West African animal health experts agree



By Godfrey Olukya  8-4-2013

West Africa’s Chief Veterinary Officers have agreed on harmonized standards for key areas in animal health to be presented to African delegates at the April 2013 meeting of the World Organisation for Animal Health (OIE) to be held first in Abidjan, followed in May by the organization’s General Assembly to be held in Paris.
The regional position emerged after a recent workshop in Abuja for the veterinary chiefs and animal health experts, which reviewed reports of the scientific and code commissions, as well as the ad hoc working groups of the OIE with a view to identifying and analyzing the rationale, justification and the impact of proposed changes on trade in animal products in West Africa.In particular, they identified areas of priority and common interest for ECOWAS Member States, as well as proposed common positions for the ECOWAS region.

The meeting, which was organized by the ECOWAS Commission, in collaboration with the African Union African Union Inter-Bureau for Animal Resources (AU-IBAR), among other issues, reviewed the analysis conducted on the reports of the World Organization for Animal Health (OIE) Scientific, Ad hoc and Code Commissions for submission to the OIE Paris meeting.

Addressing the workshop at the opening, the ECOWAS Commissioner for Agriculture, Environment and Water Resources, who was represented by the Director of Environment, Dr. Johnson Boanuh, said the workshop was to further strengthen West Africa’s say in international standards setting and encourage the development of a pool of expertise on standards setting in developing livestock value chain.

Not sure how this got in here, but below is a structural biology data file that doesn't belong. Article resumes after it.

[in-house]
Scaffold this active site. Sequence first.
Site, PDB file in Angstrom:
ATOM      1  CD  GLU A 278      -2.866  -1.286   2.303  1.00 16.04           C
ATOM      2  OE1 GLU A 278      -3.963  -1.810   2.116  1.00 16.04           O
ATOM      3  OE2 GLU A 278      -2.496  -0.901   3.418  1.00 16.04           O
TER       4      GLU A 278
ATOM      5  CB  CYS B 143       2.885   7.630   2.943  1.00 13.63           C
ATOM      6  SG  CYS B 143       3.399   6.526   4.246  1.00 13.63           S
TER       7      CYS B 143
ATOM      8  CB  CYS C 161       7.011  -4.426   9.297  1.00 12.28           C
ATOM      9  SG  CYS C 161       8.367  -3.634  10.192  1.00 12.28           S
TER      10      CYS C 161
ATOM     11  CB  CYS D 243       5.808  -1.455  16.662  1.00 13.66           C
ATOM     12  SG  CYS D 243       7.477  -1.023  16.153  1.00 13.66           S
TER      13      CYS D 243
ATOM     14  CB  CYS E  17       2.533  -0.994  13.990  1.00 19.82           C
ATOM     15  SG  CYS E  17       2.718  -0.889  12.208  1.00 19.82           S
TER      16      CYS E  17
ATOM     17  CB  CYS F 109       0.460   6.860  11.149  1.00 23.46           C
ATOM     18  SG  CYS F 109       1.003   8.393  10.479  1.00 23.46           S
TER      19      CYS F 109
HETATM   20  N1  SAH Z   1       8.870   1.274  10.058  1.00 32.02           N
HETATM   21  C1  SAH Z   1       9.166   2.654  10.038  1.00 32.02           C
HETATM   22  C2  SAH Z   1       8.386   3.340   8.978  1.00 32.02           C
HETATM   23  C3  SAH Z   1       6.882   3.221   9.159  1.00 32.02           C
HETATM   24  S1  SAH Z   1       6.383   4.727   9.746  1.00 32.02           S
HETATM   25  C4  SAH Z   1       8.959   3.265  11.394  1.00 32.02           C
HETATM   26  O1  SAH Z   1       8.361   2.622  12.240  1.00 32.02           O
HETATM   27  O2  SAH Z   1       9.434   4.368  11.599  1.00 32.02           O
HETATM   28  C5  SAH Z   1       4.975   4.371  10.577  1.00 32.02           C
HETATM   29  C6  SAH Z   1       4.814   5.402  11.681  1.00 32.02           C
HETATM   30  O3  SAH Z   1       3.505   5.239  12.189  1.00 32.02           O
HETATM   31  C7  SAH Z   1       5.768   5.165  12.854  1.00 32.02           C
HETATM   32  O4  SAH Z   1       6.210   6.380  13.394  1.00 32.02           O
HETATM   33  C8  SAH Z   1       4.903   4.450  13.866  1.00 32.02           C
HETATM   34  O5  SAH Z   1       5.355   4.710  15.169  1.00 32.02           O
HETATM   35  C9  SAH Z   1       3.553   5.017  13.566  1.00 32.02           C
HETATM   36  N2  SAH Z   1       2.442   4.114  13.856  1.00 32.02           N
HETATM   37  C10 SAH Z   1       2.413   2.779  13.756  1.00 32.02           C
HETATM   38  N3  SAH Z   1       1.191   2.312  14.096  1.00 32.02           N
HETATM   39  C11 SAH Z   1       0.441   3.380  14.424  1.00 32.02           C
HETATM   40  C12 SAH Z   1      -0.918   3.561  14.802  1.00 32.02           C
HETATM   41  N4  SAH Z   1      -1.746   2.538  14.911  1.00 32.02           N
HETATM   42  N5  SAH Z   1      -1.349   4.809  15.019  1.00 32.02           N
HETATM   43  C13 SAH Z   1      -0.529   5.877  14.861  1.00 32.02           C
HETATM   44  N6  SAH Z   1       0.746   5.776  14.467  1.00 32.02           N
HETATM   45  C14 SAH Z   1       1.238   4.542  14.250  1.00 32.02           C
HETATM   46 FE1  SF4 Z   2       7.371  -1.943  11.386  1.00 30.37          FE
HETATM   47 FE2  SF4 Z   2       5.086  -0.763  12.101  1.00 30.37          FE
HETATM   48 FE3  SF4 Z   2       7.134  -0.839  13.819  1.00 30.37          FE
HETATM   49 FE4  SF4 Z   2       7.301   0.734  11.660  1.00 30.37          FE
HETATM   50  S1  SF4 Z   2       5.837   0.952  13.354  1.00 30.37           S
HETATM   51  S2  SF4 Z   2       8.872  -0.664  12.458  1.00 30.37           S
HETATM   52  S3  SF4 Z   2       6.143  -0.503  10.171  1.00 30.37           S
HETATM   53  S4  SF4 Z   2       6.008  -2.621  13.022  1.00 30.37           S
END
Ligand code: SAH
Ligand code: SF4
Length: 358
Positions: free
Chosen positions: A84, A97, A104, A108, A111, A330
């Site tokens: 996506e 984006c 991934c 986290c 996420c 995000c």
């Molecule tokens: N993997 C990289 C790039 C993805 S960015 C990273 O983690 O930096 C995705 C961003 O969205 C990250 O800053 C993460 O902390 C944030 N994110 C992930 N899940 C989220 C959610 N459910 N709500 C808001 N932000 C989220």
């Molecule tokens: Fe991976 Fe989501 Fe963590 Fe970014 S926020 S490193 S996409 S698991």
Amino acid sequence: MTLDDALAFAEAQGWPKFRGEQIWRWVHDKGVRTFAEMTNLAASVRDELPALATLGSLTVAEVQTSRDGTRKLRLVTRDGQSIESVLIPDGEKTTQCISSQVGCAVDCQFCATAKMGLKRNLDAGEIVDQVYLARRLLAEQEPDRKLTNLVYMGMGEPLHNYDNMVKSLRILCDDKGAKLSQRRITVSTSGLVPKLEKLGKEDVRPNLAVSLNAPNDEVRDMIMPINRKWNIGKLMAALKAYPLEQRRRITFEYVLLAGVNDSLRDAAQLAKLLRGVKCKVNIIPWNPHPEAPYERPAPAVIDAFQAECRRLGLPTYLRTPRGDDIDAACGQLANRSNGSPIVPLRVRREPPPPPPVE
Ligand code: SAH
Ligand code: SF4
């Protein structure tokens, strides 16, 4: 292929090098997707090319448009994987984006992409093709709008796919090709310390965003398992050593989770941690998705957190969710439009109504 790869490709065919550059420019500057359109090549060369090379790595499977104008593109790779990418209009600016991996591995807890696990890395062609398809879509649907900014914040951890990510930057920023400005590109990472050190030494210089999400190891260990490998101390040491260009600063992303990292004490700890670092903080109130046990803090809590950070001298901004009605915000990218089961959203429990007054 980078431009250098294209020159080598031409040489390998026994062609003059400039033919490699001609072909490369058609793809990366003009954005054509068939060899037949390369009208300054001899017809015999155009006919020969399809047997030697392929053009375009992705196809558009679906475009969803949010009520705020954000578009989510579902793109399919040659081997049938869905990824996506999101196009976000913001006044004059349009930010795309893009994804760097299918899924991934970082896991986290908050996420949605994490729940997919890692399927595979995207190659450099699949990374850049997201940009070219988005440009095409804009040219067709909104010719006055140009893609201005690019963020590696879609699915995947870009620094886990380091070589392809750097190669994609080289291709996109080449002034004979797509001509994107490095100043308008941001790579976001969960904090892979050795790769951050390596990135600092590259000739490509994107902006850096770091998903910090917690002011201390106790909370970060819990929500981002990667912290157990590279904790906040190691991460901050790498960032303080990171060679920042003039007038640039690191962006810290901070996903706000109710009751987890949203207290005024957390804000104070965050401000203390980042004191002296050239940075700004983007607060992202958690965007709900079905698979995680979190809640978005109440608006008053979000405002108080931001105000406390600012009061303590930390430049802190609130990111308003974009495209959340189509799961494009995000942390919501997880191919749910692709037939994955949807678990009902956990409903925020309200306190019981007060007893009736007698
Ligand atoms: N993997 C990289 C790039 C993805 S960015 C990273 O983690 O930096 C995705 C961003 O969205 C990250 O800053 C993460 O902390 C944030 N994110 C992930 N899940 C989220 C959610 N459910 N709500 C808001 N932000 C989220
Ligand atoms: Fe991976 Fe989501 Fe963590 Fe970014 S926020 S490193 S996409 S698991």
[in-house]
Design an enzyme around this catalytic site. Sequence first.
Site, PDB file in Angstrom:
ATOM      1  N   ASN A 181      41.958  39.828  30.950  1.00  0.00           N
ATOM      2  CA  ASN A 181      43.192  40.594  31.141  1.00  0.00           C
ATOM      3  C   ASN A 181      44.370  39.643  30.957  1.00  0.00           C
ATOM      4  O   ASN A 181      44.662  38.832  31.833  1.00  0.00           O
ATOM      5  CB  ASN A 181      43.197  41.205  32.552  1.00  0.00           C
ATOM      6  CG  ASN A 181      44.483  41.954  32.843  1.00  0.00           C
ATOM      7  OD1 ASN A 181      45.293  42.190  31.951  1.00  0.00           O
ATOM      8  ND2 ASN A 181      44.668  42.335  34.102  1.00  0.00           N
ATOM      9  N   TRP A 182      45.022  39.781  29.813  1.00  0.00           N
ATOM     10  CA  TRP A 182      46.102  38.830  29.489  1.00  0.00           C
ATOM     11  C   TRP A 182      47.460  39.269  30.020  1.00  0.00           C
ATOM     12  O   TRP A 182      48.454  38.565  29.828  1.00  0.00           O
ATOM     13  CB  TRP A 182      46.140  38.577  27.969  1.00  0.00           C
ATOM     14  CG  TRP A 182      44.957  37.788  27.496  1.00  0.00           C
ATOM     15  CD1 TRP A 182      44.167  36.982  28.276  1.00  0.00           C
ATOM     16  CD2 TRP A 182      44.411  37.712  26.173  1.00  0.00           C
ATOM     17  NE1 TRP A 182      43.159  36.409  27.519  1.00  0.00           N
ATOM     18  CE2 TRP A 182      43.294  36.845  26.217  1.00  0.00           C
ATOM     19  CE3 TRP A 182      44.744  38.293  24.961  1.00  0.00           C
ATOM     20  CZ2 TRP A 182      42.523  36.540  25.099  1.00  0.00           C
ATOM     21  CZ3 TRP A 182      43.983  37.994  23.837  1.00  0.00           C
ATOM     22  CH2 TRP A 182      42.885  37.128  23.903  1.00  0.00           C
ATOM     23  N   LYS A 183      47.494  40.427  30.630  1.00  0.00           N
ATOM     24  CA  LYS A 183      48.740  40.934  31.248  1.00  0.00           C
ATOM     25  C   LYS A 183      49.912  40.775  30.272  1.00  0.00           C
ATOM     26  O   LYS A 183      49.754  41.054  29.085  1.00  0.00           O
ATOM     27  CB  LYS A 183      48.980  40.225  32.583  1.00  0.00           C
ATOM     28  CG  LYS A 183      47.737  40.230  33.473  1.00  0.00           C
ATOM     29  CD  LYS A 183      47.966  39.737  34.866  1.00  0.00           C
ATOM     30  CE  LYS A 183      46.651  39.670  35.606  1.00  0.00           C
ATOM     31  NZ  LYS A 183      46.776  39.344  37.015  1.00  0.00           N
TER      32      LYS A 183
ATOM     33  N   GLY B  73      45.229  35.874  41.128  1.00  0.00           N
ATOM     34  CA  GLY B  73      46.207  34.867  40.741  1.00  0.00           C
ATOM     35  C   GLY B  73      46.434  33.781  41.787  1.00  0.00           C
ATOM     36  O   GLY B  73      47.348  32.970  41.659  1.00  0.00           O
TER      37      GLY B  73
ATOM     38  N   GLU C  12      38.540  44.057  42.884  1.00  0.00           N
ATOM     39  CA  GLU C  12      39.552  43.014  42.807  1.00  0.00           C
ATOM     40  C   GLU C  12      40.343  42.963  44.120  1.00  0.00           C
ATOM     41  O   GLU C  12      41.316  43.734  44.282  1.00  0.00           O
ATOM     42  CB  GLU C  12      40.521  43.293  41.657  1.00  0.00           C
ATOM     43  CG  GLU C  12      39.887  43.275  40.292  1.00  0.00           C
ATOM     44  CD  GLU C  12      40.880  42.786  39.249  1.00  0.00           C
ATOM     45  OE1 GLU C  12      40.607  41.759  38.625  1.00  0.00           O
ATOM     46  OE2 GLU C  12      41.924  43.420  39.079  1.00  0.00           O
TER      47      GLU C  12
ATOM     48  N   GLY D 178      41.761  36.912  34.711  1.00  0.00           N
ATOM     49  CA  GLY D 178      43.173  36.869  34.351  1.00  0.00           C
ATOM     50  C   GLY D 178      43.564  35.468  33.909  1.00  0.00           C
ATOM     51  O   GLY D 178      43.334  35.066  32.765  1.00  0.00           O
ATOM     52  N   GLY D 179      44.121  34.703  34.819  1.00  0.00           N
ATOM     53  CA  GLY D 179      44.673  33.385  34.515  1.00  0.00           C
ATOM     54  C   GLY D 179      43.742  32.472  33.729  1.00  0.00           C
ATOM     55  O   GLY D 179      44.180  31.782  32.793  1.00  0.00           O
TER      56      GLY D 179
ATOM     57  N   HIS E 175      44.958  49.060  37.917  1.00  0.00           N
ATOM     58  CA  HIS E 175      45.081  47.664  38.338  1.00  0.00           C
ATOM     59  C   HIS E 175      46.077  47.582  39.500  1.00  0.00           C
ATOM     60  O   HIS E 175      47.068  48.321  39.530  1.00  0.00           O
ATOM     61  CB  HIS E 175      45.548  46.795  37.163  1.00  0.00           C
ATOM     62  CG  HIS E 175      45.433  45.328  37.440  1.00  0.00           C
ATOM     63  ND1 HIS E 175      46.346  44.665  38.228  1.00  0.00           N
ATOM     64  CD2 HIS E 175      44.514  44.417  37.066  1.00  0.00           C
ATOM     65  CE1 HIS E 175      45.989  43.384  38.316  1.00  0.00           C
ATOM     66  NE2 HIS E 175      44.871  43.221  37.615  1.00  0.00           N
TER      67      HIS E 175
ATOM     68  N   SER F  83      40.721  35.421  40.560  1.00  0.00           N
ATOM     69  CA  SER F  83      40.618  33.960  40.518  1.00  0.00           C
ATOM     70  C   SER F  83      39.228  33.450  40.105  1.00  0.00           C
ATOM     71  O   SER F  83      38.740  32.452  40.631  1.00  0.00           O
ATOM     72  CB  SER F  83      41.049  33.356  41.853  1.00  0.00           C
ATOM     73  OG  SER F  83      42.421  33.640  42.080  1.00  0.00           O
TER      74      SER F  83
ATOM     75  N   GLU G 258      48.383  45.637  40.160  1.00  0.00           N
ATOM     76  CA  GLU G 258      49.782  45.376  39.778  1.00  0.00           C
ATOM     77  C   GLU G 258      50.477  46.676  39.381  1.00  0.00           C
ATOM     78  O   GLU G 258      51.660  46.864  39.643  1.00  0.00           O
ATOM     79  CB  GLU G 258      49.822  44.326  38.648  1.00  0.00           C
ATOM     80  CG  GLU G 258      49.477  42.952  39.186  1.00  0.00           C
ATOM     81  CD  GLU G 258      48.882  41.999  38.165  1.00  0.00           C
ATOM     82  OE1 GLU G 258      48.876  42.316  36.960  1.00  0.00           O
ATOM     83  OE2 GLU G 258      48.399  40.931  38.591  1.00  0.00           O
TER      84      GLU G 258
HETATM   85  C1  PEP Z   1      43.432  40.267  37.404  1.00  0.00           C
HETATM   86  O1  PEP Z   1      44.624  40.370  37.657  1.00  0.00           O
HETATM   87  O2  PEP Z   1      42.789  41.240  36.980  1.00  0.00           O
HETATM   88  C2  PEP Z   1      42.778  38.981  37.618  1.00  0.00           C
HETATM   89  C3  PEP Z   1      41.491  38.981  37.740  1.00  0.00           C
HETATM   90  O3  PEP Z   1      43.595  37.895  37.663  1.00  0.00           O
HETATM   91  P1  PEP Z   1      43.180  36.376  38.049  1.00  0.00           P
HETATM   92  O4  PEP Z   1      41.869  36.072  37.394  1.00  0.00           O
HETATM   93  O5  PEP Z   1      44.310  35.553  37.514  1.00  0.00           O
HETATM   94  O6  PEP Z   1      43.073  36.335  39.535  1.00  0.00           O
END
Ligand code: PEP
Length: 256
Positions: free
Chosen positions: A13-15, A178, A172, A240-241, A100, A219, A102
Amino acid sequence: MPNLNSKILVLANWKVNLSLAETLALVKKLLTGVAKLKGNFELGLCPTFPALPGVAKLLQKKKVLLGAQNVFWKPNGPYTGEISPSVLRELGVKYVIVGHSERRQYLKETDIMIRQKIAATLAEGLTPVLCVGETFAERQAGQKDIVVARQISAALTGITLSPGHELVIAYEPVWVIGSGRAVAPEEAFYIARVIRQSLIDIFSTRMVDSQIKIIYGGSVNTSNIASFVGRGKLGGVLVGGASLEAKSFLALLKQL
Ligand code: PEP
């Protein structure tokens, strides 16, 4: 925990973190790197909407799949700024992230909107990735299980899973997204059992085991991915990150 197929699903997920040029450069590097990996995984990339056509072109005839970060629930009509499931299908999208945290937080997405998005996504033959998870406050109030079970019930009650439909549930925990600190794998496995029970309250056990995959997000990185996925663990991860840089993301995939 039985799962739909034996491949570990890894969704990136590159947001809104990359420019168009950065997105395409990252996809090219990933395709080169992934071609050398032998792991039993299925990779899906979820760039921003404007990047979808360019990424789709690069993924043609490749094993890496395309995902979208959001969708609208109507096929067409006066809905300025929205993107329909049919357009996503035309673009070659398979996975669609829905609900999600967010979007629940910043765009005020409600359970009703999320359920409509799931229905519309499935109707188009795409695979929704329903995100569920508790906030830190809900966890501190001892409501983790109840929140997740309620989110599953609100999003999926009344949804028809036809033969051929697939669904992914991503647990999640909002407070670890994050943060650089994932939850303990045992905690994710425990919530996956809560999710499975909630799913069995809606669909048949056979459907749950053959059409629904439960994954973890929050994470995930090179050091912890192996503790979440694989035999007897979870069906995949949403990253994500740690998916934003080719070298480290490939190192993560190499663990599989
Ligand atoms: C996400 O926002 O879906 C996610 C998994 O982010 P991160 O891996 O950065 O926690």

He said this would both enhance trade and support for the production of healthy and whole some foods for ECOWAS citizens.

In his remarks, the Chief Veterinary Officer and OIE delegate of Nigeria, Dr. Joseph Nyager, while noting the importance of standards in livestock and livestock products, expressed satisfaction with the efforts of AU-IBAR and the ECOWAS Commission in facilitating coordinated responses to the OIE codes, and advancing the issues of standards.

The Director of the AU-IBAR, represented by the Continental Coordinator of the PANSPSO project, Dr. Raphael Coly, said,The main challenge facing African countries is the inadequacy of available skills and technology to generate science-based arguments necessary for development of standards.’

He said the effective participation at international meetings requires the ability to make meaningful contributions to standards setting, and expressed the hope that the workshop would elaborate a consultative process which would improve the quality of participation and relevance of Member States at continental and international meetings.



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